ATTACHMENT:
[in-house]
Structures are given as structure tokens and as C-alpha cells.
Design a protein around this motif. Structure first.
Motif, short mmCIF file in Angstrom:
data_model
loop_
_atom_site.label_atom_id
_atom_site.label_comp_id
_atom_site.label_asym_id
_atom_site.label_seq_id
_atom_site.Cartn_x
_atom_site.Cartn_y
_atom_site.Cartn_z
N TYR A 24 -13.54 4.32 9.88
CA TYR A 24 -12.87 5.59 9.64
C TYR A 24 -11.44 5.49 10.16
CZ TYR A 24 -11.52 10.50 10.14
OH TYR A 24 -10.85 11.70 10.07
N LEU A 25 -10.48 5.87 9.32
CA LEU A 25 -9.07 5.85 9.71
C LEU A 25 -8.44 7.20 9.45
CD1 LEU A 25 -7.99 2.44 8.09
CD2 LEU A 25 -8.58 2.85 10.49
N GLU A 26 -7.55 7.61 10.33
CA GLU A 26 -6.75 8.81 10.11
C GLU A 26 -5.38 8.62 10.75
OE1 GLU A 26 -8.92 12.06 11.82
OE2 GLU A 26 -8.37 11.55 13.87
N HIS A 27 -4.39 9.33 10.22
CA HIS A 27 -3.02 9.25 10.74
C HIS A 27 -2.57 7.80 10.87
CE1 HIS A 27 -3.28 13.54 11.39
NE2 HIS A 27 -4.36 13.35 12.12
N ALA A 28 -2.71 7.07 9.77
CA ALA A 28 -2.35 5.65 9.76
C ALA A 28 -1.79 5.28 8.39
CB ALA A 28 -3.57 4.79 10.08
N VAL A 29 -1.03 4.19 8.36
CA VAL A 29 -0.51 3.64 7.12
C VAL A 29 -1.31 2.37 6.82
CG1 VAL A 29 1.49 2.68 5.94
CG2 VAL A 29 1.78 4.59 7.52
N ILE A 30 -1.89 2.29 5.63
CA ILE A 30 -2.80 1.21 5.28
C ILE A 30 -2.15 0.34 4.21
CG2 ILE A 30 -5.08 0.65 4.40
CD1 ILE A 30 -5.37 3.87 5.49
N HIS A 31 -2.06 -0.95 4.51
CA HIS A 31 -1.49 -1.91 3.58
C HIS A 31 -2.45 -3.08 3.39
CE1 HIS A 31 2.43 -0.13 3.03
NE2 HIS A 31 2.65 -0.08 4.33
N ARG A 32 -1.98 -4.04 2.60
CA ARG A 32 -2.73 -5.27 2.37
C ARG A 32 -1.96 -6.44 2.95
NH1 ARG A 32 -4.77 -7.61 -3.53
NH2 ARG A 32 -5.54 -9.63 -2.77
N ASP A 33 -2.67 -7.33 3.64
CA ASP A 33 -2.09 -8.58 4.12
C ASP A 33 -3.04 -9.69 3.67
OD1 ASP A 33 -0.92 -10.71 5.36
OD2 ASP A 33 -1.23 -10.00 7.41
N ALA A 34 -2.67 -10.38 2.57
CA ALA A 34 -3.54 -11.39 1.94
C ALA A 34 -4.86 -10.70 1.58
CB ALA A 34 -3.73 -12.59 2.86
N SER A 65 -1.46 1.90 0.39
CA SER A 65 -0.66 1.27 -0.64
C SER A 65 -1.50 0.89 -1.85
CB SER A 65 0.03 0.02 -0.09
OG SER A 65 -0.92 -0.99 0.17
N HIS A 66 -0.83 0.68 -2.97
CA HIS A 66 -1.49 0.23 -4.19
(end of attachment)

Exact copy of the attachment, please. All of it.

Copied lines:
[in-house]
Structures are given as structure tokens and as C-alpha cells.
Design a protein around this motif. Structure first.
Motif, short mmCIF file in Angstrom:
data_model
loop_
_atom_site.label_atom_id
_atom_site.label_comp_id
_atom_site.label_asym_id
_atom_site.label_seq_id
_atom_site.Cartn_x
_atom_site.Cartn_y
_atom_site.Cartn_z
N TYR A 24 -13.54 4.32 9.88
CA TYR A 24 -12.87 5.59 9.64
C TYR A 24 -11.44 5.49 10.16
CZ TYR A 24 -11.52 10.50 10.14
OH TYR A 24 -10.85 11.70 10.07
N LEU A 25 -10.48 5.87 9.32
CA LEU A 25 -9.07 5.85 9.71
C LEU A 25 -8.44 7.20 9.45
CD1 LEU A 25 -7.99 2.44 8.09
CD2 LEU A 25 -8.58 2.85 10.49
N GLU A 26 -7.55 7.61 10.33
CA GLU A 26 -6.75 8.81 10.11
C GLU A 26 -5.38 8.62 10.75
OE1 GLU A 26 -8.92 12.06 11.82
OE2 GLU A 26 -8.37 11.55 13.87
N HIS A 27 -4.39 9.33 10.22
CA HIS A 27 -3.02 9.25 10.74
C HIS A 27 -2.57 7.80 10.87
CE1 HIS A 27 -3.28 13.54 11.39
NE2 HIS A 27 -4.36 13.35 12.12
N ALA A 28 -2.71 7.07 9.77
CA ALA A 28 -2.35 5.65 9.76
C ALA A 28 -1.79 5.28 8.39
CB ALA A 28 -3.57 4.79 10.08
N VAL A 29 -1.03 4.19 8.36
CA VAL A 29 -0.51 3.64 7.12
C VAL A 29 -1.31 2.37 6.82
CG1 VAL A 29 1.49 2.68 5.94
CG2 VAL A 29 1.78 4.59 7.52
N ILE A 30 -1.89 2.29 5.63
CA ILE A 30 -2.80 1.21 5.28
C ILE A 30 -2.15 0.34 4.21
CG2 ILE A 30 -5.08 0.65 4.40
CD1 ILE A 30 -5.37 3.87 5.49
N HIS A 31 -2.06 -0.95 4.51
CA HIS A 31 -1.49 -1.91 3.58
C HIS A 31 -2.45 -3.08 3.39
CE1 HIS A 31 2.43 -0.13 3.03
NE2 HIS A 31 2.65 -0.08 4.33
N ARG A 32 -1.98 -4.04 2.60
CA ARG A 32 -2.73 -5.27 2.37
C ARG A 32 -1.96 -6.44 2.95
NH1 ARG A 32 -4.77 -7.61 -3.53
NH2 ARG A 32 -5.54 -9.63 -2.77
N ASP A 33 -2.67 -7.33 3.64
CA ASP A 33 -2.09 -8.58 4.12
C ASP A 33 -3.04 -9.69 3.67
OD1 ASP A 33 -0.92 -10.71 5.36
OD2 ASP A 33 -1.23 -10.00 7.41
N ALA A 34 -2.67 -10.38 2.57
CA ALA A 34 -3.54 -11.39 1.94
C ALA A 34 -4.86 -10.70 1.58
CB ALA A 34 -3.73 -12.59 2.86
N SER A 65 -1.46 1.90 0.39
CA SER A 65 -0.66 1.27 -0.64
C SER A 65 -1.50 0.89 -1.85
CB SER A 65 0.03 0.02 -0.09
OG SER A 65 -0.92 -0.99 0.17
N HIS A 66 -0.83 0.68 -2.97
CA HIS A 66 -1.49 0.23 -4.19